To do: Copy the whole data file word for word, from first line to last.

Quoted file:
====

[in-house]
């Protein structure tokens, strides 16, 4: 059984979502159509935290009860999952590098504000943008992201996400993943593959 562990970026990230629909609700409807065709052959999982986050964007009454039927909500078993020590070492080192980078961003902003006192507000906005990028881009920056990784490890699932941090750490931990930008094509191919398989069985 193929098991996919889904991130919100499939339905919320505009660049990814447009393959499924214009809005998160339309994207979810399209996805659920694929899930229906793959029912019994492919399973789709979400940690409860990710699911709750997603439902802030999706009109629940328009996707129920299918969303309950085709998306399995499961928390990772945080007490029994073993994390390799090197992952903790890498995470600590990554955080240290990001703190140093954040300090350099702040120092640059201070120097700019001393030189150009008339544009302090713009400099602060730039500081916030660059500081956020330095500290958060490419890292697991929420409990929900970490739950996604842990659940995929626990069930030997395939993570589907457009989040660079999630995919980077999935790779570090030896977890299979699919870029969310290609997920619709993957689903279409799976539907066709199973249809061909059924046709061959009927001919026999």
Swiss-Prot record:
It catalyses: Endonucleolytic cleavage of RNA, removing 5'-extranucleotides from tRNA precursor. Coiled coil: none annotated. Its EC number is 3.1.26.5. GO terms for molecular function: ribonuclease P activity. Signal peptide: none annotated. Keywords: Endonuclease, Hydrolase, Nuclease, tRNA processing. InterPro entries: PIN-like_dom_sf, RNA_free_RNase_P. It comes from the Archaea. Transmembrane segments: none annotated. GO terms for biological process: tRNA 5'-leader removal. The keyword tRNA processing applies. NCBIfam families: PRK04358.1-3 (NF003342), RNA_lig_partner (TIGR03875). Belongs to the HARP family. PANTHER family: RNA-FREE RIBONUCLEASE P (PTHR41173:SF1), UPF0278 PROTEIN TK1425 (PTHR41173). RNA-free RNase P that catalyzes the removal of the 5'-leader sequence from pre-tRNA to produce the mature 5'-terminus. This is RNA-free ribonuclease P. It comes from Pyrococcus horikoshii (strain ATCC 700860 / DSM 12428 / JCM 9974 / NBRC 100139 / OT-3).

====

[in-house]
């Protein structure tokens, strides 16, 4: 059984979502159509935290009860999952590098504000943008992201996400993943593959 562990970026990230629909609700409807065709052959999982986050964007009454039927909500078993020590070492080192980078961003902003006192507000906005990028881009920056990784490890699932941090750490931990930008094509191919398989069985 193929098991996919889904991130919100499939339905919320505009660049990814447009393959499924214009809005998160339309994207979810399209996805659920694929899930229906793959029912019994492919399973789709979400940690409860990710699911709750997603439902802030999706009109629940328009996707129920299918969303309950085709998306399995499961928390990772945080007490029994073993994390390799090197992952903790890498995470600590990554955080240290990001703190140093954040300090350099702040120092640059201070120097700019001393030189150009008339544009302090713009400099602060730039500081916030660059500081956020330095500290958060490419890292697991929420409990929900970490739950996604842990659940995929626990069930030997395939993570589907457009989040660079999630995919980077999935790779570090030896977890299979699919870029969310290609997920619709993957689903279409799976539907066709199973249809061909059924046709061959009927001919026999």
Swiss-Prot record:
It catalyses: Endonucleolytic cleavage of RNA, removing 5'-extranucleotides from tRNA precursor. Coiled coil: none annotated. Its EC number is 3.1.26.5. GO terms for molecular function: ribonuclease P activity. Signal peptide: none annotated. Keywords: Endonuclease, Hydrolase, Nuclease, tRNA processing. InterPro entries: PIN-like_dom_sf, RNA_free_RNase_P. It comes from the Archaea. Transmembrane segments: none annotated. GO terms for biological process: tRNA 5'-leader removal. The keyword tRNA processing applies. NCBIfam families: PRK04358.1-3 (NF003342), RNA_lig_partner (TIGR03875). Belongs to the HARP family. PANTHER family: RNA-FREE RIBONUCLEASE P (PTHR41173:SF1), UPF0278 PROTEIN TK1425 (PTHR41173). RNA-free RNase P that catalyzes the removal of the 5'-leader sequence from pre-tRNA to produce the mature 5'-terminus. This is RNA-free ribonuclease P. It comes from Pyrococcus horikoshii (strain ATCC 700860 / DSM 12428 / JCM 9974 / NBRC 100139 / OT-3).